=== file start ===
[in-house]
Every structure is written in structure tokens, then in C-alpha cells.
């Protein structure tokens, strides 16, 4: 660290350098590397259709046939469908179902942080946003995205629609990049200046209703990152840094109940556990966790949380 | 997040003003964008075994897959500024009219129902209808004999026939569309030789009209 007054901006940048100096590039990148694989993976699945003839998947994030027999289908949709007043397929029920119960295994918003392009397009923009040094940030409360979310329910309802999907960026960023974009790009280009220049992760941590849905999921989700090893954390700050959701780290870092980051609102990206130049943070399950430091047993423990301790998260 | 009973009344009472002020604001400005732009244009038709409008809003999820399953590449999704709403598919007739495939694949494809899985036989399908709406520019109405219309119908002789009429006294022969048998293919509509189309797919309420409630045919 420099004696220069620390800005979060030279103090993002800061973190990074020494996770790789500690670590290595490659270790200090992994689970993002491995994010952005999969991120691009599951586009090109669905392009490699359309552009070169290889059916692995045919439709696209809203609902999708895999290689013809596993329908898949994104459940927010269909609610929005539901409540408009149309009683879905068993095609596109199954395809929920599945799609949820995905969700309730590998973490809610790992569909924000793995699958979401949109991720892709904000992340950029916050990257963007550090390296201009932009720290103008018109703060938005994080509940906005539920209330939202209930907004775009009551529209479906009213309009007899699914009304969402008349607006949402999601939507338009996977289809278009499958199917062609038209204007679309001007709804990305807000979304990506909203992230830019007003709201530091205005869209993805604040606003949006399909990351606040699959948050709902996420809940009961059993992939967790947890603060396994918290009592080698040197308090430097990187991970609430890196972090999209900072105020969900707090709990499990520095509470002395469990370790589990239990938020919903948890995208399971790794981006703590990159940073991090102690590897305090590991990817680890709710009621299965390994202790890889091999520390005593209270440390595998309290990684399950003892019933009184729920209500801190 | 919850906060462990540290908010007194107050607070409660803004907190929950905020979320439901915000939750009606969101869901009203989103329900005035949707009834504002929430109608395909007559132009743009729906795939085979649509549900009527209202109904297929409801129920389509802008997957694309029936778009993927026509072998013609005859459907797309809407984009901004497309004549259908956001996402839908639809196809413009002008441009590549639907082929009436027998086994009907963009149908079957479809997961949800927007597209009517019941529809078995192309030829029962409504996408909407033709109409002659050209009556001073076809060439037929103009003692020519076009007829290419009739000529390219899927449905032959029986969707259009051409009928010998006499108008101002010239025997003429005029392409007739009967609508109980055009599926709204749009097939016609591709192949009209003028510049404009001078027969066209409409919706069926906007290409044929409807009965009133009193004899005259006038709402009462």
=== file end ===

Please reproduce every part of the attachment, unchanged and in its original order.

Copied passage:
[in-house]
Every structure is written in structure tokens, then in C-alpha cells.
């Protein structure tokens, strides 16, 4: 660290350098590397259709046939469908179902942080946003995205629609990049200046209703990152840094109940556990966790949380 | 997040003003964008075994897959500024009219129902209808004999026939569309030789009209 007054901006940048100096590039990148694989993976699945003839998947994030027999289908949709007043397929029920119960295994918003392009397009923009040094940030409360979310329910309802999907960026960023974009790009280009220049992760941590849905999921989700090893954390700050959701780290870092980051609102990206130049943070399950430091047993423990301790998260 | 009973009344009472002020604001400005732009244009038709409008809003999820399953590449999704709403598919007739495939694949494809899985036989399908709406520019109405219309119908002789009429006294022969048998293919509509189309797919309420409630045919 420099004696220069620390800005979060030279103090993002800061973190990074020494996770790789500690670590290595490659270790200090992994689970993002491995994010952005999969991120691009599951586009090109669905392009490699359309552009070169290889059916692995045919439709696209809203609902999708895999290689013809596993329908898949994104459940927010269909609610929005539901409540408009149309009683879905068993095609596109199954395809929920599945799609949820995905969700309730590998973490809610790992569909924000793995699958979401949109991720892709904000992340950029916050990257963007550090390296201009932009720290103008018109703060938005994080509940906005539920209330939202209930907004775009009551529209479906009213309009007899699914009304969402008349607006949402999601939507338009996977289809278009499958199917062609038209204007679309001007709804990305807000979304990506909203992230830019007003709201530091205005869209993805604040606003949006399909990351606040699959948050709902996420809940009961059993992939967790947890603060396994918290009592080698040197308090430097990187991970609430890196972090999209900072105020969900707090709990499990520095509470002395469990370790589990239990938020919903948890995208399971790794981006703590990159940073991090102690590897305090590991990817680890709710009621299965390994202790890889091999520390005593209270440390595998309290990684399950003892019933009184729920209500801190 | 919850906060462990540290908010007194107050607070409660803004907190929950905020979320439901915000939750009606969101869901009203989103329900005035949707009834504002929430109608395909007559132009743009729906795939085979649509549900009527209202109904297929409801129920389509802008997957694309029936778009993927026509072998013609005859459907797309809407984009901004497309004549259908956001996402839908639809196809413009002008441009590549639907082929009436027998086994009907963009149908079957479809997961949800927007597209009517019941529809078995192309030829029962409504996408909407033709109409002659050209009556001073076809060439037929103009003692020519076009007829290419009739000529390219899927449905032959029986969707259009051409009928010998006499108008101002010239025997003429005029392409007739009967609508109980055009599926709204749009097939016609591709192949009209003028510049404009001078027969066209409409919706069926906007290409044929409807009965009133009193004899005259006038709402009462």